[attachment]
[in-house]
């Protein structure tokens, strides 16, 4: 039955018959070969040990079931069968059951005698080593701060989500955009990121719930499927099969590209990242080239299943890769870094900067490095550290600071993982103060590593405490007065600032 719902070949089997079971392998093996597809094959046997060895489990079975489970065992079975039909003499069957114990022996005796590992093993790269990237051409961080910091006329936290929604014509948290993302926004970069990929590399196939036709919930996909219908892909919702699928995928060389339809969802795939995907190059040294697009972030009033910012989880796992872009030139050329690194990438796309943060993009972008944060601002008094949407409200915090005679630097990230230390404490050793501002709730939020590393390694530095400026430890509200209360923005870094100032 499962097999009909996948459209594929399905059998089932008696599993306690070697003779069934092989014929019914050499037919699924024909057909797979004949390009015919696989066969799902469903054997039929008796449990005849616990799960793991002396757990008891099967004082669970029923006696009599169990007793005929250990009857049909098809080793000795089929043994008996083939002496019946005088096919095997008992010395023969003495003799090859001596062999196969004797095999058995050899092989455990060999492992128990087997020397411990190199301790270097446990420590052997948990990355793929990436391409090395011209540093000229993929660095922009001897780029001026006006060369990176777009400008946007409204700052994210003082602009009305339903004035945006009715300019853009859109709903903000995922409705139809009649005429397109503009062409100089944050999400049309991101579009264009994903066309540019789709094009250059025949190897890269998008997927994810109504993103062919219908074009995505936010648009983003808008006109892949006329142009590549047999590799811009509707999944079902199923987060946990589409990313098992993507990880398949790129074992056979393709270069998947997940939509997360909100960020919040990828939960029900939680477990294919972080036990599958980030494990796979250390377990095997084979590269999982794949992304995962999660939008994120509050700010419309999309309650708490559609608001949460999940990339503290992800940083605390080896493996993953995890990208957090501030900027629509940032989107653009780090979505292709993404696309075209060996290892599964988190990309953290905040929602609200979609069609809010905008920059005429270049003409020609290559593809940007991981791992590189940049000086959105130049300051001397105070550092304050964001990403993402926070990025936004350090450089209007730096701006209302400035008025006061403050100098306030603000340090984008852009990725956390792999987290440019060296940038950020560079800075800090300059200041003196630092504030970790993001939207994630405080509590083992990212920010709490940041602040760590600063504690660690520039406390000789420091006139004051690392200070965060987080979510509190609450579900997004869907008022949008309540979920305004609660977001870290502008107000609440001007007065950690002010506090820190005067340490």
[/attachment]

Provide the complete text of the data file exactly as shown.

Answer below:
[in-house]
């Protein structure tokens, strides 16, 4: 039955018959070969040990079931069968059951005698080593701060989500955009990121719930499927099969590209990242080239299943890769870094900067490095550290600071993982103060590593405490007065600032 719902070949089997079971392998093996597809094959046997060895489990079975489970065992079975039909003499069957114990022996005796590992093993790269990237051409961080910091006329936290929604014509948290993302926004970069990929590399196939036709919930996909219908892909919702699928995928060389339809969802795939995907190059040294697009972030009033910012989880796992872009030139050329690194990438796309943060993009972008944060601002008094949407409200915090005679630097990230230390404490050793501002709730939020590393390694530095400026430890509200209360923005870094100032 499962097999009909996948459209594929399905059998089932008696599993306690070697003779069934092989014929019914050499037919699924024909057909797979004949390009015919696989066969799902469903054997039929008796449990005849616990799960793991002396757990008891099967004082669970029923006696009599169990007793005929250990009857049909098809080793000795089929043994008996083939002496019946005088096919095997008992010395023969003495003799090859001596062999196969004797095999058995050899092989455990060999492992128990087997020397411990190199301790270097446990420590052997948990990355793929990436391409090395011209540093000229993929660095922009001897780029001026006006060369990176777009400008946007409204700052994210003082602009009305339903004035945006009715300019853009859109709903903000995922409705139809009649005429397109503009062409100089944050999400049309991101579009264009994903066309540019789709094009250059025949190897890269998008997927994810109504993103062919219908074009995505936010648009983003808008006109892949006329142009590549047999590799811009509707999944079902199923987060946990589409990313098992993507990880398949790129074992056979393709270069998947997940939509997360909100960020919040990828939960029900939680477990294919972080036990599958980030494990796979250390377990095997084979590269999982794949992304995962999660939008994120509050700010419309999309309650708490559609608001949460999940990339503290992800940083605390080896493996993953995890990208957090501030900027629509940032989107653009780090979505292709993404696309075209060996290892599964988190990309953290905040929602609200979609069609809010905008920059005429270049003409020609290559593809940007991981791992590189940049000086959105130049300051001397105070550092304050964001990403993402926070990025936004350090450089209007730096701006209302400035008025006061403050100098306030603000340090984008852009990725956390792999987290440019060296940038950020560079800075800090300059200041003196630092504030970790993001939207994630405080509590083992990212920010709490940041602040760590600063504690660690520039406390000789420091006139004051690392200070965060987080979510509190609450579900997004869907008022949008309540979920305004609660977001870290502008107000609440001007007065950690002010506090820190005067340490």